Fixed poor wording, thanks. Vsmith (talk) 15:04, 16 December 2010 (UTC)
Point definitely taken on the imprecise/incorrect wording. However, I don't think it's quite appropriate to have the formula for gadolinite in the introduction; if people are interested in this technical information, they can go to the article on gadolinite. I've reinserted the listing of elements, but with more precision this time.Erudy (talk) 14:53, 17 December 2010 (UTC)

The line "The few economically exploitable deposits are known as rare earth minerals." is not really correct. Such deposits (as with all mineral deposits) are those that contain a sufficient tonnage and mineral grade of, in this case rare earth minerals, to make them economically exploitable. Myall blues (talk) 04:40, 19 October 2012 (UTC)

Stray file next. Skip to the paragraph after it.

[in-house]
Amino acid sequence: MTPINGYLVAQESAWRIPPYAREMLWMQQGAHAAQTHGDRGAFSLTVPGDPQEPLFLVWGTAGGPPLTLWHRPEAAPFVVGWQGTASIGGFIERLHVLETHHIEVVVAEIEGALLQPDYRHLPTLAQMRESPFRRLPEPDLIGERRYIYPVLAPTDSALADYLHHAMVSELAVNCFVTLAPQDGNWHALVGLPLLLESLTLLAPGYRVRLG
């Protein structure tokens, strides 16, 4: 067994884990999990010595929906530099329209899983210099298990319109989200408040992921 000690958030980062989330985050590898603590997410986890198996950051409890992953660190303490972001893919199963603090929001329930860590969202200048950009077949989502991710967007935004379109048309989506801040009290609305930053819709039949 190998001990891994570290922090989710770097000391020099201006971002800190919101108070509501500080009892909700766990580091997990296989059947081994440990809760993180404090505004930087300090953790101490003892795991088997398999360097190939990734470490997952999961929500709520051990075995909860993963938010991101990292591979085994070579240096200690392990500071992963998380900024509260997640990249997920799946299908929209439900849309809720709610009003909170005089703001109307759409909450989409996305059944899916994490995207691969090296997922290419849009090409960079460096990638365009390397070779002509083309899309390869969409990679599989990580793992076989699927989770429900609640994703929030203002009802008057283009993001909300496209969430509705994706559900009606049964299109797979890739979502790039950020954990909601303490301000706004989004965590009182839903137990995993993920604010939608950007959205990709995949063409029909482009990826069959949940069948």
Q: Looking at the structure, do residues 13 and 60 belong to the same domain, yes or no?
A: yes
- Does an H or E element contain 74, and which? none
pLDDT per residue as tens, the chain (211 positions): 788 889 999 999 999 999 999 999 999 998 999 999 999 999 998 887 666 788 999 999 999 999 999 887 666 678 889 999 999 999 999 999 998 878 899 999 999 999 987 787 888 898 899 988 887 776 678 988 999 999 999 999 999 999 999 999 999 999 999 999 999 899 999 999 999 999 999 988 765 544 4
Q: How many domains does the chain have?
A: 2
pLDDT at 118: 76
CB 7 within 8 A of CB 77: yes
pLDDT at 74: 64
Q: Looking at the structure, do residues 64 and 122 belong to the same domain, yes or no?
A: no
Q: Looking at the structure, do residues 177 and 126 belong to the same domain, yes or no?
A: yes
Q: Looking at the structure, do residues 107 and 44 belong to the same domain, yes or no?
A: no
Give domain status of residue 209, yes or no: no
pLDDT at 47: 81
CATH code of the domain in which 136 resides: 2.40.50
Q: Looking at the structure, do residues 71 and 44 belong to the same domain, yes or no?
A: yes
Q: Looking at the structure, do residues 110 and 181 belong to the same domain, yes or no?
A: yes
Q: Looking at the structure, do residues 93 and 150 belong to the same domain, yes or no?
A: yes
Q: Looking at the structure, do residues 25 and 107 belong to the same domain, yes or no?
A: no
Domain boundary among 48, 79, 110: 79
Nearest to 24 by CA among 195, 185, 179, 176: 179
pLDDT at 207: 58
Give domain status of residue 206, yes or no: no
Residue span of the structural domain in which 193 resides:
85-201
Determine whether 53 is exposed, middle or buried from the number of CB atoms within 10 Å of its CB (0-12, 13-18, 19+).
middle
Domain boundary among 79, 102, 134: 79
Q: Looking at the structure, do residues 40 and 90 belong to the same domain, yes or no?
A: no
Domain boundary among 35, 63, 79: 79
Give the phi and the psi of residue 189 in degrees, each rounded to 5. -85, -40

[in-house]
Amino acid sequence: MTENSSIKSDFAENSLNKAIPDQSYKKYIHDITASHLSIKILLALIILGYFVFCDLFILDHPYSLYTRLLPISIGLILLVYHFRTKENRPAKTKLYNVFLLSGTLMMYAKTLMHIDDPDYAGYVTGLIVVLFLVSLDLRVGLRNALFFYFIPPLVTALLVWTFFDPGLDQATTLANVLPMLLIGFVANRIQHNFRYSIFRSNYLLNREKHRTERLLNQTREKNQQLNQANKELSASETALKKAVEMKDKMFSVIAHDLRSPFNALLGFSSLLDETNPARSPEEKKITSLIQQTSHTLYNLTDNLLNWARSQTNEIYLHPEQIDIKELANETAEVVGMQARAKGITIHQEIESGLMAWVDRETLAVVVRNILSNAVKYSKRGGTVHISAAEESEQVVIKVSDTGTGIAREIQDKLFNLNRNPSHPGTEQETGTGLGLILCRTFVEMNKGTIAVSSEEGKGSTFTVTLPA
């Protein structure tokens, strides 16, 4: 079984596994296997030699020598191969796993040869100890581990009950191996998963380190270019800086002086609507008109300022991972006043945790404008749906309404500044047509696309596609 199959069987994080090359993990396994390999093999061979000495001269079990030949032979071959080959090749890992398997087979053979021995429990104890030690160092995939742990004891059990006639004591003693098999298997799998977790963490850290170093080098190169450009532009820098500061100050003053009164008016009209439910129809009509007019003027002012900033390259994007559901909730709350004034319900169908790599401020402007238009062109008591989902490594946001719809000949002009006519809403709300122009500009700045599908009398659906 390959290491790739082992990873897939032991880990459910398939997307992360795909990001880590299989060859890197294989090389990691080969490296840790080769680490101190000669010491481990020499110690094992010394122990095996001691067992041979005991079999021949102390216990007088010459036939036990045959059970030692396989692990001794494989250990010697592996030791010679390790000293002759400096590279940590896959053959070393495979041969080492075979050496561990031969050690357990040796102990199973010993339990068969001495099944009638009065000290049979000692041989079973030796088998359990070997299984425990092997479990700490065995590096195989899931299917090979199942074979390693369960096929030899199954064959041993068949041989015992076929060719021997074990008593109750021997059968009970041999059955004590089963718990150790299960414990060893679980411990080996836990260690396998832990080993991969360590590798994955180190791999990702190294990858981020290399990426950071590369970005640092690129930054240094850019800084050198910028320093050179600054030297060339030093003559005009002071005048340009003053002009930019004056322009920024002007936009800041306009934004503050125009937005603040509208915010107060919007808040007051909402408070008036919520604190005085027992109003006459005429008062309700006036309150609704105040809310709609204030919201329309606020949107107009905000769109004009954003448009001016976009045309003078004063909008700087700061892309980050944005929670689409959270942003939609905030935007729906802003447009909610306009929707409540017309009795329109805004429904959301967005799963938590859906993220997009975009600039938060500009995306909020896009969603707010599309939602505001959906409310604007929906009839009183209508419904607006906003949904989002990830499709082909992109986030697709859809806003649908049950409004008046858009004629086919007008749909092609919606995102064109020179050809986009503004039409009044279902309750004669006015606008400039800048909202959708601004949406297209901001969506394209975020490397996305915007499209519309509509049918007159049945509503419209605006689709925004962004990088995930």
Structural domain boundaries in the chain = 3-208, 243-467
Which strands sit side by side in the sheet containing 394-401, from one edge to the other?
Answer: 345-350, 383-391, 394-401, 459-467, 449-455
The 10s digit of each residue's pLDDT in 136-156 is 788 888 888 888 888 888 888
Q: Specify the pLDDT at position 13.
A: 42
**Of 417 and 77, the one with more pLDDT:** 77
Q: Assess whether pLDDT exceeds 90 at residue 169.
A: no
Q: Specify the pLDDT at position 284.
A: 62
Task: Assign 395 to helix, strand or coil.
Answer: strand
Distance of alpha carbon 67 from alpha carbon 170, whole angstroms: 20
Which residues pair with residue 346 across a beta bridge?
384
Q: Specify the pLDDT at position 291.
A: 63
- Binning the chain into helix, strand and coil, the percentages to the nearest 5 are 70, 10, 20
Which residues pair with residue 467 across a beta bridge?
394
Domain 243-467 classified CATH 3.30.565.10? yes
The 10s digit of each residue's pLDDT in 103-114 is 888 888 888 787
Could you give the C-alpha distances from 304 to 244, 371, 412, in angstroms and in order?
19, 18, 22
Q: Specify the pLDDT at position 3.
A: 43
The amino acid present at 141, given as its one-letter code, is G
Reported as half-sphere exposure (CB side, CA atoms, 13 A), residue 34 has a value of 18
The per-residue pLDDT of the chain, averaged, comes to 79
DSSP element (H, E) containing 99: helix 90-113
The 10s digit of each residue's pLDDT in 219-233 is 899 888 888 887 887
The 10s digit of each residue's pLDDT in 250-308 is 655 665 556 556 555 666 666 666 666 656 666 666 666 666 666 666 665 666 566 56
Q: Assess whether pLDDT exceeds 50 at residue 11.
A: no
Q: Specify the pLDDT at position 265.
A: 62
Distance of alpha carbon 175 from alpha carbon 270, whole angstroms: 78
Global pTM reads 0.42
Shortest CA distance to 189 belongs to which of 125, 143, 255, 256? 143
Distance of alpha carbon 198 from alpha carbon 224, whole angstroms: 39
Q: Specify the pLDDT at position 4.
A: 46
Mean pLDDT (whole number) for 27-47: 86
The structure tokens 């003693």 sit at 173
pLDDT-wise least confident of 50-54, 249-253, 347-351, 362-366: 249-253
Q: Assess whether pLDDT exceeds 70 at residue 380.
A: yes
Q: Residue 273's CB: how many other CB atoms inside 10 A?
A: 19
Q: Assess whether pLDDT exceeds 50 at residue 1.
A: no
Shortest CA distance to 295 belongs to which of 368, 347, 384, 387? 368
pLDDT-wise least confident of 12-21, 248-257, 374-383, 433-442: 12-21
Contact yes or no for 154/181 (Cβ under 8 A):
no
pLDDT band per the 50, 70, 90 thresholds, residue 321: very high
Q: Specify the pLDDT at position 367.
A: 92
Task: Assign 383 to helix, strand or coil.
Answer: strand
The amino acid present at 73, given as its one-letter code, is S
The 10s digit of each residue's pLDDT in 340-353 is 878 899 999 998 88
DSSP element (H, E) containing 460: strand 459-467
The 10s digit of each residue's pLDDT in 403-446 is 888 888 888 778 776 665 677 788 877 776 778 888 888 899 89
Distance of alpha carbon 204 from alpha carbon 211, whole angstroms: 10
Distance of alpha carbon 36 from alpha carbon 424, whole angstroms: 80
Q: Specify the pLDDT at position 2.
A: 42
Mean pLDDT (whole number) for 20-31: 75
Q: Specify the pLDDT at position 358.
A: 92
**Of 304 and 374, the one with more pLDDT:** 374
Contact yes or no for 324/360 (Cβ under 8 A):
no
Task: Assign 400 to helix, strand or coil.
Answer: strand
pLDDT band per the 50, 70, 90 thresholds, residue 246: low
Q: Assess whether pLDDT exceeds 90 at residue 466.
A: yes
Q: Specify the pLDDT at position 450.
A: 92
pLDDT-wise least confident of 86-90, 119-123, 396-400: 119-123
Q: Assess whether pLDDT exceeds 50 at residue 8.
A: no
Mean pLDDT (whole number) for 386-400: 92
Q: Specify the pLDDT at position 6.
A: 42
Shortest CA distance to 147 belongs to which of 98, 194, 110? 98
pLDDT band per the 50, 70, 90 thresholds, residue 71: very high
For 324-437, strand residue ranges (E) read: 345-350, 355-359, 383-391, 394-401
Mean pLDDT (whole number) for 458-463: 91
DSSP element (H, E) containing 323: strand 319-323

Similarly the language used in the caption of the photo of rare earth oxides is incorrect. "These rare-earth oxides are used as tracers to determine which parts of a drainage basin are eroding. Clockwise from top center: praseodymium, cerium, lanthanum, neodymium, samarium, and gadolinium." The rare earth oxides shown in the picture contain, respectively, the elements praseodymium, cerium etc. suggest changing the second sentence of the caption to "Clockwise from top centre, they contain the elements: praseodymium, ..." Myall blues (talk) 04:49, 19 October 2012 (UTC)

EU stockpiling[edit]

These two new news might be worth including.

--Stone (talk) 19:39, 6 September 2011 (UTC)

Thanks, I updated the relevant sections to include those references [1]. Polyamorph (talk) 13:01, 7 September 2011 (UTC)

Map request[edit]

Perhaps that a map can be made with the most valuable rare earths for creating devices for making renewable energy. See http://www.treehugger.com/clean-technology/goodbye-fossil-fuel-dependence-hello-rare-earth-dependence.html Can someone post good reference map links, that way we can make a request at Wikipedia's Graphics Lab KVDP (talk) 10:08, 2 March 2012 (UTC)